I had a nice old colonial house that sat in a clearing with clusters of weeds growing around the foundation, but for some reason I always slept on a straw mat laid out on the front lawn, curled up in a wool blanket that had gathered thistles and thorns. There was something appealing about forsaking the shelter of the house in exchange for being out in the open air, under the stars, exposed to the elements, and all just mere feet from my door.
One morning I awoke to find a small group of people gaping in at the windows at the corner of the house beside the front door. I wasn’t bothered at all by the impropriety. I just rubbed my eyes and crawled out from under my blankets. I heard them complimenting the rustic furnishings, the carvings on the wood, the inviting comfort of the interior. There was a desk there beneath the windows, nested in the little nook at the foot of the stairs. There were wooden figurines scattered on the desk, their fine details painted to various degrees with a toothpick and a set of acrylic paints. A magnifying glass on a metal crane shined a light down on this cluttered work space.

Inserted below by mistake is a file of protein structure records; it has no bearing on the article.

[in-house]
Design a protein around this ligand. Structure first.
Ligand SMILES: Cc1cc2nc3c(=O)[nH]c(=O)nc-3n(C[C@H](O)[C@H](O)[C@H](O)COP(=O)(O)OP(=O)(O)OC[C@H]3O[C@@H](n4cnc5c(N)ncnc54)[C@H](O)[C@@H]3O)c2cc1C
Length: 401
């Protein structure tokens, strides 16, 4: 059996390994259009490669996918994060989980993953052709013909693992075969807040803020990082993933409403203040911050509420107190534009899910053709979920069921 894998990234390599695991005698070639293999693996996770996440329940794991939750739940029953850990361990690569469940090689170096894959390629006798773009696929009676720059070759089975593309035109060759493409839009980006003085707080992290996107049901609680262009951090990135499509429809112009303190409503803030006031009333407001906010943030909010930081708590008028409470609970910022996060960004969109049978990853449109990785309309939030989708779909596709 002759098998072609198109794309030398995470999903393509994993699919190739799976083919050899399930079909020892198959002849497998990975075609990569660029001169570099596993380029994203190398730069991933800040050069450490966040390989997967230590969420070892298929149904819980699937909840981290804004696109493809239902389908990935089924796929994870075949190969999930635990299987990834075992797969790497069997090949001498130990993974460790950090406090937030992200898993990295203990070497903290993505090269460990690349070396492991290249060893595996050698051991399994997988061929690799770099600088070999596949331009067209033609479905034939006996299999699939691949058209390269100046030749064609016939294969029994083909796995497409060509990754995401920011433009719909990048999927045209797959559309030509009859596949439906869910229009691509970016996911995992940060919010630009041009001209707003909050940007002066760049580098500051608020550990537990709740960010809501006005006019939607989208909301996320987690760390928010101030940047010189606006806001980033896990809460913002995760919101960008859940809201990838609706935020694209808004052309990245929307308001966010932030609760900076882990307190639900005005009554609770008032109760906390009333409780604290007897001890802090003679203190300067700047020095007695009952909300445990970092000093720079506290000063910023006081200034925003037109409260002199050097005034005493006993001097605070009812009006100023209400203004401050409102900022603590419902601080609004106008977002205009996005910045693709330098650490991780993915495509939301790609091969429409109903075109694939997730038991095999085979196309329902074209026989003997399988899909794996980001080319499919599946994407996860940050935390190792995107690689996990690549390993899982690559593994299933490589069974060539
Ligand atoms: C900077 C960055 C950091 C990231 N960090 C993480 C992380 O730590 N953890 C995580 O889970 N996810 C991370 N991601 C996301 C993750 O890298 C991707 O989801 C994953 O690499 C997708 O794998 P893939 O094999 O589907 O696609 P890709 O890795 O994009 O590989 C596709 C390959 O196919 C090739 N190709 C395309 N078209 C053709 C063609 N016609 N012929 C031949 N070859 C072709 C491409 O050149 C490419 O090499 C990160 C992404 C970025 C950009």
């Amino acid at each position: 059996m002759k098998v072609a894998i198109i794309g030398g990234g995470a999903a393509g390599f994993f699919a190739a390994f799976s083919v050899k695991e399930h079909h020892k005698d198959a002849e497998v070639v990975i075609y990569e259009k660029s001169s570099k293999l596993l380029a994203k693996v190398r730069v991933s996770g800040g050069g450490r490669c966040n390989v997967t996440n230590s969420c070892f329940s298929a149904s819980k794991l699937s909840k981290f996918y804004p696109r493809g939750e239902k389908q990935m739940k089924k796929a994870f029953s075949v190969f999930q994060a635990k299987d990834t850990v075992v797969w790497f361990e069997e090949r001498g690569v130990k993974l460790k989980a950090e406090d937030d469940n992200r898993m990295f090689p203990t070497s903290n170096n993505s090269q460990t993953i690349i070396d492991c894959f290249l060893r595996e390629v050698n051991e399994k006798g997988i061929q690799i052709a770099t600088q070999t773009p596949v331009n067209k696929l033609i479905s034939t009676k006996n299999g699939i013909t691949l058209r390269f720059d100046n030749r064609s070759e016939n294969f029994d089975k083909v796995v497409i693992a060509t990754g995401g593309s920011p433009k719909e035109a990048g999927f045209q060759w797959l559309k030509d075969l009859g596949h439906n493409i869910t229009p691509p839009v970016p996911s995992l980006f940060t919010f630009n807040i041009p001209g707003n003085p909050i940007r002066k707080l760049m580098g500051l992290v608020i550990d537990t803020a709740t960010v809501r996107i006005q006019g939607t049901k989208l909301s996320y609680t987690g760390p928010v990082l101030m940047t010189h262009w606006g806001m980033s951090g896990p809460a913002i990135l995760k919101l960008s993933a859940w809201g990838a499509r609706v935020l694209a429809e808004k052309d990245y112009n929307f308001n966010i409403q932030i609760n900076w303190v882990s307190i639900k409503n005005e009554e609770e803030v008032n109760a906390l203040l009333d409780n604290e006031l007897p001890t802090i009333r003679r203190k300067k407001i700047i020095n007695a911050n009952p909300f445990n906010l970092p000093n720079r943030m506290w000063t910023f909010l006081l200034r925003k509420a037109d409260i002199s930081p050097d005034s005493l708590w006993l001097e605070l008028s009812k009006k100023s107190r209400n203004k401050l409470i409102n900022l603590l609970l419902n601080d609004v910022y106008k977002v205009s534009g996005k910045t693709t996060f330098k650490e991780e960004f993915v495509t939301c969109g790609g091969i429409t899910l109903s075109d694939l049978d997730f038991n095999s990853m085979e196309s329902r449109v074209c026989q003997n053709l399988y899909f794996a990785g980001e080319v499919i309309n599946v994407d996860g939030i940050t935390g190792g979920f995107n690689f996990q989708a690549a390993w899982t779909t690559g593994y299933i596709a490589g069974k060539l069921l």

I fell in along the back of this clustered group, almost impersonally partaking in their gaping admiration of my house’s charming interior. But I knew I was going to have to tell them the truth. I wasn’t responsible for any of it. The previous occupant had done all of that. All I had ever done was hang some paintings on the walls.